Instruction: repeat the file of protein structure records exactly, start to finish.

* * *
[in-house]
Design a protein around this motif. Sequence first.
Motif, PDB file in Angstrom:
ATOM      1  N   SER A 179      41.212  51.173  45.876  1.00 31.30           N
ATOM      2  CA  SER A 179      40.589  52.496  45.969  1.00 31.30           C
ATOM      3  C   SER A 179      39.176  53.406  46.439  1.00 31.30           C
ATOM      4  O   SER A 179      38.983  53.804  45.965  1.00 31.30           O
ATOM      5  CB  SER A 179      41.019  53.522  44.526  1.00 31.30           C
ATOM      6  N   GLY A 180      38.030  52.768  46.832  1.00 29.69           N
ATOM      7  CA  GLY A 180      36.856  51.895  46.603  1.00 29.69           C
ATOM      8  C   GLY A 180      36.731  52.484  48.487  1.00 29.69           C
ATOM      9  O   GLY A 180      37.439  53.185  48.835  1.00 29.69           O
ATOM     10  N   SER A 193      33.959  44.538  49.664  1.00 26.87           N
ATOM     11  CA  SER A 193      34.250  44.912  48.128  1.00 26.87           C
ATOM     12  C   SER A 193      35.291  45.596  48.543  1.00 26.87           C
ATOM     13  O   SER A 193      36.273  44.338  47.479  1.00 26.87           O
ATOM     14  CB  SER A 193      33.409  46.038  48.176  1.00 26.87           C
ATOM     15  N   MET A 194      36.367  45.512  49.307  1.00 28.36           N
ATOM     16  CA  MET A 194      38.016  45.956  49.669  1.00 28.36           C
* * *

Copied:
[in-house]
Design a protein around this motif. Sequence first.
Motif, PDB file in Angstrom:
ATOM      1  N   SER A 179      41.212  51.173  45.876  1.00 31.30           N
ATOM      2  CA  SER A 179      40.589  52.496  45.969  1.00 31.30           C
ATOM      3  C   SER A 179      39.176  53.406  46.439  1.00 31.30           C
ATOM      4  O   SER A 179      38.983  53.804  45.965  1.00 31.30           O
ATOM      5  CB  SER A 179      41.019  53.522  44.526  1.00 31.30           C
ATOM      6  N   GLY A 180      38.030  52.768  46.832  1.00 29.69           N
ATOM      7  CA  GLY A 180      36.856  51.895  46.603  1.00 29.69           C
ATOM      8  C   GLY A 180      36.731  52.484  48.487  1.00 29.69           C
ATOM      9  O   GLY A 180      37.439  53.185  48.835  1.00 29.69           O
ATOM     10  N   SER A 193      33.959  44.538  49.664  1.00 26.87           N
ATOM     11  CA  SER A 193      34.250  44.912  48.128  1.00 26.87           C
ATOM     12  C   SER A 193      35.291  45.596  48.543  1.00 26.87           C
ATOM     13  O   SER A 193      36.273  44.338  47.479  1.00 26.87           O
ATOM     14  CB  SER A 193      33.409  46.038  48.176  1.00 26.87           C
ATOM     15  N   MET A 194      36.367  45.512  49.307  1.00 28.36           N
ATOM     16  CA  MET A 194      38.016  45.956  49.669  1.00 28.36           C